“Fruits have too high of a sugar content that will lead to loose stools or diarrhea if eaten daily,” Dr. Rich said. “Green leafy vegetables are fine as a treat, but should never represent the majority of the food intake.”

What foods should rabbits not eat?

Of course, you don’t want to feed your rabbit processed human foods (including bread and pasta), meat, dairy items, or dog and cat food as these foods can do damage to your bunny’s digestive system. But there are also some veggies that you should steer clear of.

“Too much consumption of spinach, kale or parsley may cause bladder problems,” Dr. Rich said. “Bananas, sweet potatoes and avocado are all high in sugar content and can cause obesity if offered routinely.”

Some veggies, like rhubarb, kidney beans, iceberg lettuce and potatoes, are actually poisonous to rabbits, too. And, as Dr. Rich said, “absolute no-nos are chocolate and onions.”

Best rabbit foods you can buy

So which rabbit food is the best? Here are a few options that both Dr. Rich and fellow rabbit parents suggest.

Best overall rabbit food: Oxbow Essentials Adult Rabbit Food

“Oxbow brand pellets are the number one recommended pellet by most small mammal veterinarians,” Dr. Rich said. Made from Timothy hay grass meal, the Oxbow bunny food is specifically formulated to meet all the nutritional needs of adult pet rabbits and contains added vitamins and minerals to boost immunity and aid digestion.

Best Timothy hay: Kaytee All Natural Timothy Hay

Hay needs to be your rabbit’s main source of fiber and nutrients, so investing in quality Timothy hay is necessary. Rabbit parents love Kaytee’s All Natural Timothy Hay because it’s grown without using pesticides, GMOs or artificial preservatives. It’s fresh and affordable, and rabbits can’t seem to get enough of it.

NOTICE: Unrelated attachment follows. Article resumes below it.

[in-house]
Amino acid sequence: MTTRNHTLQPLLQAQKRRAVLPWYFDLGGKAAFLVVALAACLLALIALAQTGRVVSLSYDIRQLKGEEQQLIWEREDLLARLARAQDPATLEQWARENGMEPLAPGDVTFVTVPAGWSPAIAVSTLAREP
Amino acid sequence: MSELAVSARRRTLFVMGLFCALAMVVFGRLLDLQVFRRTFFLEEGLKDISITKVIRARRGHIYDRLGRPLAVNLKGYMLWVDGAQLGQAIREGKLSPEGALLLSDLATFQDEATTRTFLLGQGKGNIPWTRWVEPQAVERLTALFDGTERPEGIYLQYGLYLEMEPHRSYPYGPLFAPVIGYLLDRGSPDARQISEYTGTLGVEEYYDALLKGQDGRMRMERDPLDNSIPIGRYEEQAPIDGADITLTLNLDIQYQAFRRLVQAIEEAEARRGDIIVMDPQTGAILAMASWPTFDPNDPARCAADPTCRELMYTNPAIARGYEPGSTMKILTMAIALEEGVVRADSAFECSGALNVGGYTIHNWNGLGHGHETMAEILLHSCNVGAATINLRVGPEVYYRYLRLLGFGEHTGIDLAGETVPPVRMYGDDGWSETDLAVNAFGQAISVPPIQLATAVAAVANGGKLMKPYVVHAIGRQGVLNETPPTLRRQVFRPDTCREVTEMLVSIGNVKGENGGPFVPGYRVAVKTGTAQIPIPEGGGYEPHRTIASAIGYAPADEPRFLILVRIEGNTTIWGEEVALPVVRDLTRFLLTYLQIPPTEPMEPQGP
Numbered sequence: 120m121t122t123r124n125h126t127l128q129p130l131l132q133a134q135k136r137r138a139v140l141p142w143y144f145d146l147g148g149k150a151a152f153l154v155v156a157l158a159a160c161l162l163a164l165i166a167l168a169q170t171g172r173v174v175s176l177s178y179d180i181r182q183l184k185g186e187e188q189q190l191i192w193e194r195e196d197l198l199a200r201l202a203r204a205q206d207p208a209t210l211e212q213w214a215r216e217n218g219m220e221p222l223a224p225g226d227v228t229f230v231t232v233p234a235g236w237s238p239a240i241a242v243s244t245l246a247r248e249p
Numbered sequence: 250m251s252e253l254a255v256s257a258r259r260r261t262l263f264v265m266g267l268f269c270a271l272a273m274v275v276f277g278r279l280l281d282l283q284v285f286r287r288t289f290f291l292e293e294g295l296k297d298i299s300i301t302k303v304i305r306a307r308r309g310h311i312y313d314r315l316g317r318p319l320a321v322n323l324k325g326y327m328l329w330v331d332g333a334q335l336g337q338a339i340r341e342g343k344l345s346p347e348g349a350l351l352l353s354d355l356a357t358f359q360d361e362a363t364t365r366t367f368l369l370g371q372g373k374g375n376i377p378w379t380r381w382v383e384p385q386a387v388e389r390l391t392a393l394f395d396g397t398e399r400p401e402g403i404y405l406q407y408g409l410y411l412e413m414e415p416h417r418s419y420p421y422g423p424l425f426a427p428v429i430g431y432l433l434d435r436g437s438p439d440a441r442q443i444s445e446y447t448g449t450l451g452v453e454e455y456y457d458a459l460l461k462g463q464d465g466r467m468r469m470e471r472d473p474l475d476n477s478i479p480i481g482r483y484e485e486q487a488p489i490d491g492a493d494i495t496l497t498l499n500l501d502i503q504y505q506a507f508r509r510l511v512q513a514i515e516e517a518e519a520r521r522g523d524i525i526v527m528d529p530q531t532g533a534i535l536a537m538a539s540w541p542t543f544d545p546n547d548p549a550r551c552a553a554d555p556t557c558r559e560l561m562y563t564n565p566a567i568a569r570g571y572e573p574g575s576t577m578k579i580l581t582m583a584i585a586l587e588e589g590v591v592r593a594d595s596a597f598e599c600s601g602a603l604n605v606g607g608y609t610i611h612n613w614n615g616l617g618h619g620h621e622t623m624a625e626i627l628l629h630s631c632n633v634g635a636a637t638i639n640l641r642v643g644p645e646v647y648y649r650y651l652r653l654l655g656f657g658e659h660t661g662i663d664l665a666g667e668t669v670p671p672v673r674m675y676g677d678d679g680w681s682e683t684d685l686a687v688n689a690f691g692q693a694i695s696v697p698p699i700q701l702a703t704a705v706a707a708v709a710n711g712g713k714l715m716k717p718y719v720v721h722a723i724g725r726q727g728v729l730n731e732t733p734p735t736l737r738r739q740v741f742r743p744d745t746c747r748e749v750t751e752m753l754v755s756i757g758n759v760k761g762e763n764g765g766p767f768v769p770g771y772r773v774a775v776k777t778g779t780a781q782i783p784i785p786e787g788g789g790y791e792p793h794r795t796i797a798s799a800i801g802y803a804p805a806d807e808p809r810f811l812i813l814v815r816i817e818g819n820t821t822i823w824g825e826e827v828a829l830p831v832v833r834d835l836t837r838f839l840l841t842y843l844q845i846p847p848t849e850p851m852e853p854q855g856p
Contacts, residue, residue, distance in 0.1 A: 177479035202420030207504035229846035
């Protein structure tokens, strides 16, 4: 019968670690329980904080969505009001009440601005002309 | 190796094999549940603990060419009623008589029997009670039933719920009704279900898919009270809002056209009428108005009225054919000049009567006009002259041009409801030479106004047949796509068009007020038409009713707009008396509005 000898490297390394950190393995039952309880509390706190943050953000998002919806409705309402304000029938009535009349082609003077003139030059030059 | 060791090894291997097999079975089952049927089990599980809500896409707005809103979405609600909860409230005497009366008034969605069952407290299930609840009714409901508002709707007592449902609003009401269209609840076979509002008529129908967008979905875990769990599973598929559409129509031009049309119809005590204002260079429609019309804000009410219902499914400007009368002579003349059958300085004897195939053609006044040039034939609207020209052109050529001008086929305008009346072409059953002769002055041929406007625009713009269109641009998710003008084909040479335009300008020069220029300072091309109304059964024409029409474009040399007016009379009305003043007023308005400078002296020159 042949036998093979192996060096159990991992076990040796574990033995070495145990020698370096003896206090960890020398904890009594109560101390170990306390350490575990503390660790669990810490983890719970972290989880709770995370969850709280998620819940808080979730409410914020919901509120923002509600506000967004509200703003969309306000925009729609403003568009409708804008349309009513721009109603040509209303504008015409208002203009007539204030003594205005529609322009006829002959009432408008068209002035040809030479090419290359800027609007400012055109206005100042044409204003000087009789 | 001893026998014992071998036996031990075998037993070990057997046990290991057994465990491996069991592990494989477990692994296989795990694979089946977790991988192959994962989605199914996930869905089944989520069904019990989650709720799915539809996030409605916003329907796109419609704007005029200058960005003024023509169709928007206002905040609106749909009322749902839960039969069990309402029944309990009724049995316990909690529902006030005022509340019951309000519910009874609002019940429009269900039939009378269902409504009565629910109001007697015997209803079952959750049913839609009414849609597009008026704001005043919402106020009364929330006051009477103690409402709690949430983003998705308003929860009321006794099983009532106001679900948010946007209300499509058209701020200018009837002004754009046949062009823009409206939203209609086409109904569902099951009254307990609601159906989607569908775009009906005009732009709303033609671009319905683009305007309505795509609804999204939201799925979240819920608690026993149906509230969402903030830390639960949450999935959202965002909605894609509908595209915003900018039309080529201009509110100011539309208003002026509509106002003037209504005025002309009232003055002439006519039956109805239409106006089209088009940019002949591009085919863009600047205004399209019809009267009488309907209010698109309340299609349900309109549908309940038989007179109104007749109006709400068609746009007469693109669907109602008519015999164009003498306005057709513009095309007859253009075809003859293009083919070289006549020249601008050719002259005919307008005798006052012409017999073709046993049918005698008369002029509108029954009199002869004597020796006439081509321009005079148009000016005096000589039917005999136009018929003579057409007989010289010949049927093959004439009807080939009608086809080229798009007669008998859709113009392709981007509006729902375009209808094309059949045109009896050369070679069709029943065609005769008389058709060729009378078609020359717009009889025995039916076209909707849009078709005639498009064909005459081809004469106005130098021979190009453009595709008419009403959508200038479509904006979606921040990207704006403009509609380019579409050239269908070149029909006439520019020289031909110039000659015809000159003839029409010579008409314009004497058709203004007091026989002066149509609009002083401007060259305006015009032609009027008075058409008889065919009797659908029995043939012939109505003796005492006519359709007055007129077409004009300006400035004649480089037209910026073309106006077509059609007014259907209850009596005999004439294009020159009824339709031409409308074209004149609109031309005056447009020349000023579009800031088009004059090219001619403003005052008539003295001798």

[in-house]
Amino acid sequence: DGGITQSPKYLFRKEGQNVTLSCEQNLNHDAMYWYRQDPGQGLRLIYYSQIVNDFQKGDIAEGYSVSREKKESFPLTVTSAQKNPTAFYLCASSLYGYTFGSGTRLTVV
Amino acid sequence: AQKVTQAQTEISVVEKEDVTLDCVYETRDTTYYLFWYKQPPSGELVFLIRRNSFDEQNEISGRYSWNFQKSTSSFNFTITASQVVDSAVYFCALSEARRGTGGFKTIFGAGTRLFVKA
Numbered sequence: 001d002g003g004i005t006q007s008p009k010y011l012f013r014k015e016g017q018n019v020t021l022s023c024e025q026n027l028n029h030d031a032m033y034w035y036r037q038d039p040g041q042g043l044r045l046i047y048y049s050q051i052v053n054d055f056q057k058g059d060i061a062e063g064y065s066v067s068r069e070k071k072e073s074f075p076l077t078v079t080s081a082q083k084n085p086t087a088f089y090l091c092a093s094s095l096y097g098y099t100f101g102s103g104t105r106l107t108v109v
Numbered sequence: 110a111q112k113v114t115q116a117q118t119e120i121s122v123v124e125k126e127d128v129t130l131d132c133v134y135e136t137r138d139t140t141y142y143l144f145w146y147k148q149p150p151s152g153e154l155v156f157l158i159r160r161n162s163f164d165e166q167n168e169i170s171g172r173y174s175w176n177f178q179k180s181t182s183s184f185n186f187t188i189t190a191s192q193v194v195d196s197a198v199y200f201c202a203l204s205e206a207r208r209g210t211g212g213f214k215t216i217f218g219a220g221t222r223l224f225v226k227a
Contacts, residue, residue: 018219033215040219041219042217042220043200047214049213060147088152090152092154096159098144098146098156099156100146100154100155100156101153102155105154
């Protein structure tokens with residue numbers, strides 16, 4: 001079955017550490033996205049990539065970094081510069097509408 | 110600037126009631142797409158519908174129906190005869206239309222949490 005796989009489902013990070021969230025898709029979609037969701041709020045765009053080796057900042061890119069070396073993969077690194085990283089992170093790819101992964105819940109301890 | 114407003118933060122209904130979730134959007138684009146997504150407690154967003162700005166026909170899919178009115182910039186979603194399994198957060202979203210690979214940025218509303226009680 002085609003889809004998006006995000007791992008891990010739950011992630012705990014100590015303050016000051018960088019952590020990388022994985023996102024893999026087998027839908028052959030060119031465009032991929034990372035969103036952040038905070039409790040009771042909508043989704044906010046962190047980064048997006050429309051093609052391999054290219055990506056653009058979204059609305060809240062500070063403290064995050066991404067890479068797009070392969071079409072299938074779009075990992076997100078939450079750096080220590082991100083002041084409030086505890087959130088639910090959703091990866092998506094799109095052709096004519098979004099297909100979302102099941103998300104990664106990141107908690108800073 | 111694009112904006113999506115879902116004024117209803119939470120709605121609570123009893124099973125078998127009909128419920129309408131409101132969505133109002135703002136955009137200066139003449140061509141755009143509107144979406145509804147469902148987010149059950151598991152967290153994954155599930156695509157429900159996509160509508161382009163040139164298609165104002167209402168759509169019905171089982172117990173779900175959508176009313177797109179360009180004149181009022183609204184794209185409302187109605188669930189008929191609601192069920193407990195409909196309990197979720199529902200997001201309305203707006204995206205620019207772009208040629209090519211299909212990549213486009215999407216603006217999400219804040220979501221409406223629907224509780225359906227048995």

Best alfalfa pellet food: Oxbow Essentials Bunny Basics Young Rabbit Food

For young rabbits under 10 months, Oxbow also offers an alfalfa-based pellet food that supports a young rabbit’s energy needs and contains all-natural vitamins and minerals needed for healthy growth.

Best value rabbit food: Kaytee Forti-Diet Pro Health Adult Rabbit Food

You can pick up a 10-pound bag of Kaytee’s Forti-Diet Pro Health adult rabbit food for under $15. It’s highly rated and is packed with prebiotics and probiotics and natural antioxidants. And the formula comes in larger bites, which encourages bunnies to chew and maintain their dental health.

Best rabbit treats: Kaytee Timothy Biscuits

And if you want to give your bunny an occasional treat other than fresh fruits and veggies, the Kaytee Timothy Biscuits are a favorite among rabbit parents. They’re baked treats that come in both carrot and apple varieties, and the crunchy texture encourages chewing. As pet parents can attest, these treats are a bit addicting and have helped many in training their rabbits.

A rabbit’s diet should be kept simple, and as always, if you have any specific questions about what you should or shouldn’t feed your rabbit, reach out to your vet, who can provide you with personalized answers and suggestions.